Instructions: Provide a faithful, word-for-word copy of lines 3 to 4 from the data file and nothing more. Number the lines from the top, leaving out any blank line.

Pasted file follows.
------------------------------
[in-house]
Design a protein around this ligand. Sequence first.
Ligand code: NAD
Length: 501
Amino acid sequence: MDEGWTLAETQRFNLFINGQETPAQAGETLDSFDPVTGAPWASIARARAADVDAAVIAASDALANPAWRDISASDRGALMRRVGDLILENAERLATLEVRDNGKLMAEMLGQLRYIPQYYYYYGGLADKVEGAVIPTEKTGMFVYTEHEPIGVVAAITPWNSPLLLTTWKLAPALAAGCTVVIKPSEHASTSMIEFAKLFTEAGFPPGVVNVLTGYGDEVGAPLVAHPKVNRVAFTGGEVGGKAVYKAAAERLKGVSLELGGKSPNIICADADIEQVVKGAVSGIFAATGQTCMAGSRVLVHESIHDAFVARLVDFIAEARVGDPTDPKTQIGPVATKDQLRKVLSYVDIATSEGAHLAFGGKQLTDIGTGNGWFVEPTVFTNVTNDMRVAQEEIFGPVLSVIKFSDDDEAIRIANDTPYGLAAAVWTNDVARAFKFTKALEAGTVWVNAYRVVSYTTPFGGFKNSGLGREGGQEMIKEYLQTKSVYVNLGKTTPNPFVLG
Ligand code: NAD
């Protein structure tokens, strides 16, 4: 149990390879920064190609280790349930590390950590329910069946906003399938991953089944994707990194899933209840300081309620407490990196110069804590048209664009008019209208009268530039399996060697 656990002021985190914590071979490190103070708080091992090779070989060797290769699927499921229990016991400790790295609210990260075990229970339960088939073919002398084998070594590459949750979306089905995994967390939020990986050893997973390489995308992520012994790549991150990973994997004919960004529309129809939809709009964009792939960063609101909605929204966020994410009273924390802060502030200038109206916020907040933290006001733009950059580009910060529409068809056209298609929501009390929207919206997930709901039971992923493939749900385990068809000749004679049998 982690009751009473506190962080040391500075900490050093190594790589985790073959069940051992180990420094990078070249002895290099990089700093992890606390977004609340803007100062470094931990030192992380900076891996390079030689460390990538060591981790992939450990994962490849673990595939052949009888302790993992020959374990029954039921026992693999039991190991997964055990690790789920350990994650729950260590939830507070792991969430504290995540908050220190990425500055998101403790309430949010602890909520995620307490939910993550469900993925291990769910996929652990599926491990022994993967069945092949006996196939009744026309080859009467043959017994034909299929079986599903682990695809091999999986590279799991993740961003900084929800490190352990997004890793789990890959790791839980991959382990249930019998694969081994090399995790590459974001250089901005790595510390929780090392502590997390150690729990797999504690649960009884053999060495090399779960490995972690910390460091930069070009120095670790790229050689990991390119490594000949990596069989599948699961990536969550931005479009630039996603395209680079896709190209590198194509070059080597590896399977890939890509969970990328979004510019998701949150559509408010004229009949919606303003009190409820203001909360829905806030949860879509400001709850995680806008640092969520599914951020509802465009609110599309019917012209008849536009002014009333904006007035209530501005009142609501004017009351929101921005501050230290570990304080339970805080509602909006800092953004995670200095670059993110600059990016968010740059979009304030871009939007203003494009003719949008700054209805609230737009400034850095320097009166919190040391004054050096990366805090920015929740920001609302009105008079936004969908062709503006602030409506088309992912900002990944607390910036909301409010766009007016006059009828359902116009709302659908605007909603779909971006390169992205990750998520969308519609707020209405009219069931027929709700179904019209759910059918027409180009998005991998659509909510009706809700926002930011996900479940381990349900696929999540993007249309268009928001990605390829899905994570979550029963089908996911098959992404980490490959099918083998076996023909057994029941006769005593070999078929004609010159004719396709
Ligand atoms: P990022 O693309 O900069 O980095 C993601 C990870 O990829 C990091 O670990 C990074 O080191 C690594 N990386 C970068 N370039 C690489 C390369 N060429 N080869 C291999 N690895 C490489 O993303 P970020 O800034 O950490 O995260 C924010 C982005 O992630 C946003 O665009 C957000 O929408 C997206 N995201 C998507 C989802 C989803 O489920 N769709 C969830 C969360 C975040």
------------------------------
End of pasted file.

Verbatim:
Ligand code: NAD
Length: 501